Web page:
Georgia, We Have a Problem: Surrogacy and Exploitation

Winifred Badaiki describes exploitation in the surrogacy industry in the Republic of Georgia and urges decision-makers to change the status quo.


Recently, a 23-year-old Russian woman went viral in the Russian media for her use of surrogacy services. She and her 56-year-old husband currently have ten children (nine via surrogacy). They say that their goal is to have 105 children. While she later claimed that this number had been taken out of context, she admits that she and her husband still want to have more children via surrogacy. As a wealthy couple living in the Republic of Georgia with a thriving surrogacy industry, they have the financial capability and option to use surrogacy to achieve their desired number of children.

Commercial surrogacy became legal in Georgia in 1992. Currently, there are no limits on the number of surrogacy arrangements one can solicit. Georgia’s surrogacy market is unregulated and has laws that grant little to no rights to gestational carriers. For example, irrespective of whether she donated a gamete, a carrier cannot have her name on the birth certificate, and does not have any parental rights to the child, even if she wishes to terminate the contract with the intended parents.


Photo Credit: Bridget Coila/flickr. Image Description: A new born baby and his mother, holding hands in the first moments after birth.

Many surrogacy agencies advertise themselves as stress-free and cheap for people seeking these services. The surrogacy cost in Georgia is considered among the cheapest in the world. Packages range from $30,000 to $60,000 compared to the United States where the cost is between $120,000 and $180,000. On average, surrogates in Georgia are paid $10,000 to $12,000 depending on if it is a single or multiple pregnancy.

An interview conducted with women who signed up to be gestational carriers revealed that money is a significant motivation for embarking on this task. While they initially parrot the typical mantra of helping infertile couples have children, these women eventually admit that they become gestational surrogates to get out of poverty or leave abusive situations. Some surrogate carriers have minimal survival options and surrogacy agencies in Georgia convince them that this opportunity is bound to change their lives. Women who are homeless or who live in shelters and safe houses are usually targets of these agencies. For some, surrogacy improves their financial situation. For others, it is a nightmare. Some women revealed that they were left unpaid if they could not successfully carry the fetus to term. The exploitation situation is obvious.

Many couples who seek Georgian surrogacy services are from foreign countries, because of the affordability compared to their resident countries. While surrogacy in Georgia is more expensive than in countries like India, it is quite affordable for middle-class and wealthy foreigners. The only restriction for foreign couples seeking access to surrogacy is a prohibition on same-sex couples. Many transnational surrogacy supporters laud the surrogacy system in Georgia because they consider it to be a win for all involved. Intending parents achieve their goal of having children, while gestational carriers have their burden of poverty eased. However, as noted in other studies, the money does not last. The women have many dependants to care for, and surrogacy is not a long-term, sustainable solution for many of their financial problems.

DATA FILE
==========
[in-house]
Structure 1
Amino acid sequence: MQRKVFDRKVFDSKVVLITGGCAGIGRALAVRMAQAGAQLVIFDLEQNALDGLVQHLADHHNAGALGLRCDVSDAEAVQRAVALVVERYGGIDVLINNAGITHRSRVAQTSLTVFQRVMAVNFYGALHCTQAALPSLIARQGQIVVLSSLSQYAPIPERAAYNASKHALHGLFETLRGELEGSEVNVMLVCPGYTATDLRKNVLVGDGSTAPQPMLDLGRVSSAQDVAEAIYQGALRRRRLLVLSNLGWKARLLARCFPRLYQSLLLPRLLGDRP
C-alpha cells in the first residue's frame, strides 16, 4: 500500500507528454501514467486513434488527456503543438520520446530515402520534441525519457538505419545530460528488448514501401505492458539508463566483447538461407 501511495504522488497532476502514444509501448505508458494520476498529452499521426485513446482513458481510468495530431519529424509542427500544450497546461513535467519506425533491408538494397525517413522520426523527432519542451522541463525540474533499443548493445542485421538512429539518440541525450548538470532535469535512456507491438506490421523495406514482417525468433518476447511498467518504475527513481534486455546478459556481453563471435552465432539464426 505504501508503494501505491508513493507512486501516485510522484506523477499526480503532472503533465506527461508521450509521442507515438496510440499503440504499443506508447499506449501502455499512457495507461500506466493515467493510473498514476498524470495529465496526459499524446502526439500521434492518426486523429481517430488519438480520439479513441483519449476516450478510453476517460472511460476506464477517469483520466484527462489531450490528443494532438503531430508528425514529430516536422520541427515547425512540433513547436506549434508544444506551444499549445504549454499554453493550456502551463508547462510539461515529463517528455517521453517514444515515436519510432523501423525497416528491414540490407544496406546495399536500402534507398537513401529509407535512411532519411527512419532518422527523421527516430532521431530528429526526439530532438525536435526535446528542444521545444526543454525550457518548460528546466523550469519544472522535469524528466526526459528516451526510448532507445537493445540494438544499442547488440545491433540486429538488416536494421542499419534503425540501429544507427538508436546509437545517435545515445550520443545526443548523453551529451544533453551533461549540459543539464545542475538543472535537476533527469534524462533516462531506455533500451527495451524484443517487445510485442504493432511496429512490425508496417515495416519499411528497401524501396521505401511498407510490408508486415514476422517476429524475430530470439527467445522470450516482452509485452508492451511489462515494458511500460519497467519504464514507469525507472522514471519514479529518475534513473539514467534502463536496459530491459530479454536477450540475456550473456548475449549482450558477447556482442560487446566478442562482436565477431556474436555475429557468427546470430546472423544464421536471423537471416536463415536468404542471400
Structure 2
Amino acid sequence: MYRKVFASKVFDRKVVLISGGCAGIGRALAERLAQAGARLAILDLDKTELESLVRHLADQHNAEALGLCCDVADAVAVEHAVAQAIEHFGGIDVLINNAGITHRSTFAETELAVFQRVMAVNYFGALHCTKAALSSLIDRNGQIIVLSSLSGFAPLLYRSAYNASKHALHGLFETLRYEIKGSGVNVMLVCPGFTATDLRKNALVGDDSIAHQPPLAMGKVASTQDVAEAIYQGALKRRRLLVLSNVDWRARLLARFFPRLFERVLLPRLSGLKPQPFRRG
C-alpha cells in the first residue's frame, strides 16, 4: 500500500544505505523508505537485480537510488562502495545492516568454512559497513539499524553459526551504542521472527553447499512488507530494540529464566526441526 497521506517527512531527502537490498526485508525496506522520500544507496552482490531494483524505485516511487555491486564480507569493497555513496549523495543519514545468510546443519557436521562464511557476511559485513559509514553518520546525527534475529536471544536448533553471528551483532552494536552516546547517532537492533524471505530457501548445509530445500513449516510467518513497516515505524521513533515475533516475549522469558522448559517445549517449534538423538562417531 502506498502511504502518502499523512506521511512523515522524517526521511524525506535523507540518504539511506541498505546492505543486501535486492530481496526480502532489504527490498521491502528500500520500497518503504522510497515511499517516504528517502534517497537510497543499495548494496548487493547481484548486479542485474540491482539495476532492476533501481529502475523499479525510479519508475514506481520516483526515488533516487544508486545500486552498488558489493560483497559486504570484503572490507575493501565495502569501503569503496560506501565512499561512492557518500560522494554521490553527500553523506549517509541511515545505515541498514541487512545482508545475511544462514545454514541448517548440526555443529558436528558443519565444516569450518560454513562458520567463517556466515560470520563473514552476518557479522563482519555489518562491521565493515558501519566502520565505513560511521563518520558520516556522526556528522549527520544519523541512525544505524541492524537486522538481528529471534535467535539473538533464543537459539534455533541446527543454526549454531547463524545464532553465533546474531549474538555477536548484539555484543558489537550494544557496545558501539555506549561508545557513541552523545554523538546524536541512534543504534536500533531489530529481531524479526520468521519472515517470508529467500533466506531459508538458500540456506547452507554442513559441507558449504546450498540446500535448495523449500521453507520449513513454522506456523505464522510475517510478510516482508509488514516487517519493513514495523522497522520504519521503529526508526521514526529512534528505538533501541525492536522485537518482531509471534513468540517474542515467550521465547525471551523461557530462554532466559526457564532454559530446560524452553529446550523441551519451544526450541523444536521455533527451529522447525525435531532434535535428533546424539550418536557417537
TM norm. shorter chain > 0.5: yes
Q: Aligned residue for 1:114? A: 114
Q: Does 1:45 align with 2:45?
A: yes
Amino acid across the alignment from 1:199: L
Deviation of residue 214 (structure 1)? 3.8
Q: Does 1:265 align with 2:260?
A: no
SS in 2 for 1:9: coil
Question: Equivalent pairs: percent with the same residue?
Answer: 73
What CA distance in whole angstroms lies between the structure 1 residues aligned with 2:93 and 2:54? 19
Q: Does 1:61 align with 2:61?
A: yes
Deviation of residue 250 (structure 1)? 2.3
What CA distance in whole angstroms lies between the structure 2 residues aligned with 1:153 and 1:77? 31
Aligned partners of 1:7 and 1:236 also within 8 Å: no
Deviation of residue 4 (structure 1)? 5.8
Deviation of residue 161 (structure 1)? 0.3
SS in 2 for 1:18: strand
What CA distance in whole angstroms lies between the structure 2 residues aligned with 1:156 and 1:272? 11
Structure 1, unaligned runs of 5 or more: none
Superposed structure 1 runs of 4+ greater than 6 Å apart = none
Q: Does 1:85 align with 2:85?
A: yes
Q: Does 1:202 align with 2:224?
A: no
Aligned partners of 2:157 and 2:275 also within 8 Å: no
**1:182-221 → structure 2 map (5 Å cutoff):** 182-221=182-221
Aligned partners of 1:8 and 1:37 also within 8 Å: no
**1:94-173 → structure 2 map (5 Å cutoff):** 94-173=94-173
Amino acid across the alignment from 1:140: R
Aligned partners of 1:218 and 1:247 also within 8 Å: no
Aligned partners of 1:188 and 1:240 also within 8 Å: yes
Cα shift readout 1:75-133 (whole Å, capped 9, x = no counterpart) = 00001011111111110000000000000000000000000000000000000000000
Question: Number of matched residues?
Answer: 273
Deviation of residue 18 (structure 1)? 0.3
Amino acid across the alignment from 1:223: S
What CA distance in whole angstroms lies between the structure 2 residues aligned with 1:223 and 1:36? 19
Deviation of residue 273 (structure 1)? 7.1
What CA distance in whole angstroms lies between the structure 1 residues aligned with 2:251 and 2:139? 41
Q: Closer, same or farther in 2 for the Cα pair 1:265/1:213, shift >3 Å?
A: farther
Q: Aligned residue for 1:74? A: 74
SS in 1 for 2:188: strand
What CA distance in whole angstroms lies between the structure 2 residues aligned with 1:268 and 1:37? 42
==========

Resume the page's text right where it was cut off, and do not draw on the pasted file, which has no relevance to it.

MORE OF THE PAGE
There is a general role that class differences play in surrogacy arrangements. Surrogates in Georgia are typically low-income earners, and the intending parents are often middle-class foreigners. The Georgian surrogacy industry has taken advantage of this dynamic to build a thriving industry rife with exploitation. The victims, unfortunately, are the gestational carriers. For some women, in the absence of other options to break free from precarious situations, becoming gestational carriers appears to be their best option at escaping poverty, even if only for a short period.

The Georgian and Canadian surrogacy industries have one thing in common. People seek surrogacy services in these countries to cut costs. Like Georgia, Canada is a choice destination for tourists who cannot afford surrogacy costs in their home countries. Canada’s altruistic surrogacy system only requires intending parents to reimburse the surrogate expenses, rather than paying for surrogacy services. These expenses are sometimes in the range of $20,000 to $45,000 (CAD), which can be more affordable for these intending parents. However, the difference between Georgia and Canada is the lack of willing carriers in Canada. Canada’s economic situation does not have many women (yet) looking for alternative methods, such as surrogacy, to earn money.

Exploitation is a problem for the Georgian surrogacy industry and many other countries with booming industries globally, and something must be done. The onus of preventing the exploitation of gestational carriers does not lie on these Georgian women. The responsibility largely rests upon the Georgian government to regulate the industry to ensure that these carriers are not grossly commercialized by the surrogacy agencies. There is also a need for international health bodies to create an international legal framework to guide transnational surrogacy. Countries must follow basic guidelines that prevent exploitation. Unless changes are made, parents like the Russian couple will continue to avail of systems that fail to prohibit exploitation.

Georgian women deserve better.


Winifred Badaiki is a graduate of the Master of Health Ethics program at Memorial University, and is a member of the MUN Centre for Bioethics. @WinnieOmo

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